45.3 F
Kennedale
Thursday, December 3, 2020

“A Perfect Storm” on water meter misreads in Kennedale reports ST

Related Articles

?
As water bills went out this month in Kennedale, approximately 200 customers got the shock of their lives according to the Star Telegram in an article printed in today’s issue. {{more: continue …}}
?
For a few of the unlucky 200, their monthly bill soar upward to over a million dollars.?
?
The Kennedale News reposted information provided by Mayor Brian Johnson Wednesday in an article – City

of Kennedale ? Update on recent issues with water billing.? ?

?
In the Star Telegram today, Lakeita Sutton, Director of Finance and Information Technology for the City of Kennedale is quoted as calling it a “perfect storm of things.” The end result of that? storm was that out of 3,200 water meters in the city, 200 were misread.?
?
In the article Sutton describes the issues that Kennedale faced this month and the problems that resulted and the correction taken to prevent it from happening again.
?
?
The following is part of the article from the Star Telegram …
?
Lakeita Sutton, director of finance and information technology, said Kennedale is in the process of shifting its billing to Arlington after its contract ended with Fathom Water Management, a company that went out of business last fall.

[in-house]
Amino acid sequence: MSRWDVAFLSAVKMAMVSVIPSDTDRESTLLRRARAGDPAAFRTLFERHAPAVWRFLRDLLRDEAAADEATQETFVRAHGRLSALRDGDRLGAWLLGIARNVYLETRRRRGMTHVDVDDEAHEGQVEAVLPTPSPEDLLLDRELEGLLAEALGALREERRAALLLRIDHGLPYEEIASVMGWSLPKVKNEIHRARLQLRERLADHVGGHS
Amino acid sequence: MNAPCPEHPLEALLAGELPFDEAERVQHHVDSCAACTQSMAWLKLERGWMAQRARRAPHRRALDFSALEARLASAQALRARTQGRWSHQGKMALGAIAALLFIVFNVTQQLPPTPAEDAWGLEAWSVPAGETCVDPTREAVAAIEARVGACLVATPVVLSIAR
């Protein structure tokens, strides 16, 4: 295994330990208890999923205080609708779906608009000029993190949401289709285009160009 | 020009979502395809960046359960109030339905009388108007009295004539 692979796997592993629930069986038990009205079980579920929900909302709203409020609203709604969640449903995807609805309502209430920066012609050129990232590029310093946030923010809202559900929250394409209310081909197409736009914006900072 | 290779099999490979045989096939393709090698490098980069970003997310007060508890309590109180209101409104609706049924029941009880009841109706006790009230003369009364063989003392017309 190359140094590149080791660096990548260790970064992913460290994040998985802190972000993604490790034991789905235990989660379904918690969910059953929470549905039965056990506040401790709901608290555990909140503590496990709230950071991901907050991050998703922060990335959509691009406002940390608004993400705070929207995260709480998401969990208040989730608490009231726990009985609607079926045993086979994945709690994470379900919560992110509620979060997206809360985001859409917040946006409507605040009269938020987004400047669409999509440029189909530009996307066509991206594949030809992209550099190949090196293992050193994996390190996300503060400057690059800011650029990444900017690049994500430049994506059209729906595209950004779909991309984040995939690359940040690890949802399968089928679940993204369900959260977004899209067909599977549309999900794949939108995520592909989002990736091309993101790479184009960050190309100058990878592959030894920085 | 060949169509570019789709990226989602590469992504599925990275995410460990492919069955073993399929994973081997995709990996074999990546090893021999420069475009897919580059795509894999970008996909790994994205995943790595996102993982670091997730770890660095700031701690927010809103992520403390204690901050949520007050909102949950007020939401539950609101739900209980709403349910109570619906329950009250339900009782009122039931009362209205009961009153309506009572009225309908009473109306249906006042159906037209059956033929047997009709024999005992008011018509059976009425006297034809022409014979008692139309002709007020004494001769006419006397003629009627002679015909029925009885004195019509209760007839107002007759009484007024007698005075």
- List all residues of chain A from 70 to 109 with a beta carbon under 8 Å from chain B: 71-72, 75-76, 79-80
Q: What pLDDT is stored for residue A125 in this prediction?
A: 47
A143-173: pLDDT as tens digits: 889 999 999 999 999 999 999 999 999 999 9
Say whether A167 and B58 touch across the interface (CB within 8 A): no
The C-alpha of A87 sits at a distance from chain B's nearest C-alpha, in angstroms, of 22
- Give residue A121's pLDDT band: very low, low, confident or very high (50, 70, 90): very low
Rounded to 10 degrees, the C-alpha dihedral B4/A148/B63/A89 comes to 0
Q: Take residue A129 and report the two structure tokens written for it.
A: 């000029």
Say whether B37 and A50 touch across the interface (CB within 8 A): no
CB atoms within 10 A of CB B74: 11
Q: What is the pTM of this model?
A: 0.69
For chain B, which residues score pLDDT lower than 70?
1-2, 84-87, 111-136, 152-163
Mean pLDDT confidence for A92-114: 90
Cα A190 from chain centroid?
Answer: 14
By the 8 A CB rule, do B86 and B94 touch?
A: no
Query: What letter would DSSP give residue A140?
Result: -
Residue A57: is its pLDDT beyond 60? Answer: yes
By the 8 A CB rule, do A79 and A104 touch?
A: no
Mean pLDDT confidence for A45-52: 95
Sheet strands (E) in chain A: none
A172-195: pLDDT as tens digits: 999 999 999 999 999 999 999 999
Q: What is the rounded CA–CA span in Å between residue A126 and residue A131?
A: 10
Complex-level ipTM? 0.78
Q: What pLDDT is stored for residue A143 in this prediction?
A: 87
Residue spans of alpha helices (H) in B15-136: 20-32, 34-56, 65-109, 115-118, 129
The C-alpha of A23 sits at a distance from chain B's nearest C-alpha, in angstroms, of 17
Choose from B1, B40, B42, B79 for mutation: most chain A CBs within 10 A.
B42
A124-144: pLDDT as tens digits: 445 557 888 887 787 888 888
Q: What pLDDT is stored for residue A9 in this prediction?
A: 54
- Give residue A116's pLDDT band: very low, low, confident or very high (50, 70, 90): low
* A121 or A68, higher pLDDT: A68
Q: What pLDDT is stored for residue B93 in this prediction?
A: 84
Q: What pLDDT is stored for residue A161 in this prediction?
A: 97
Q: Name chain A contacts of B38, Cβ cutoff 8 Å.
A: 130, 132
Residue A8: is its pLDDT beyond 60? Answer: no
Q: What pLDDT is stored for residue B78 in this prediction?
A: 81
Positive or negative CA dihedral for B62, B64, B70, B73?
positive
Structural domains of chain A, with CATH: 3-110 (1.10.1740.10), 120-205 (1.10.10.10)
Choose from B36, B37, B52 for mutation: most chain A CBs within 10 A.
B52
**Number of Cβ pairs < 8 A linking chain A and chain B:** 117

?
Kennedale already has a partnership with Arlington to handle its water operations and is in a transition of shifting the city?s billing to Arlington, Sutton said.
?
The billing transition to Arlington was to be completed by June, she said.
?
In the meantime, Kennedale was using another company, Munibilling, to handle the water bills and a company called Aclara to read the meters.
?
Then, in February, Aclara informed Kennedale that it was no longer going to read the meters, she said.
?
Kennedale contacted Arlington to read the meters, but Kennedale is not on Arlington?s system to read the meters yet, so they were read manually, Sutton said. When the information was sent to Munibilling some of the readings showed the decimal point in the wrong place, she said.
?
?When the problem was discovered on Saturday, Arlington reread the meters and got the reading corrected,? Sutton said.
?
There were 3,200 meters and 200 were read incorrectly, she said.
?
?It was just the perfect storm of things. My team has been working all weekend to come up with a strategy to help Arlington troubleshoot,? she said.
?
?This caused an undue hardship for our residents,? she said.?

More on this topic

Comments

Advertisment

Popular stories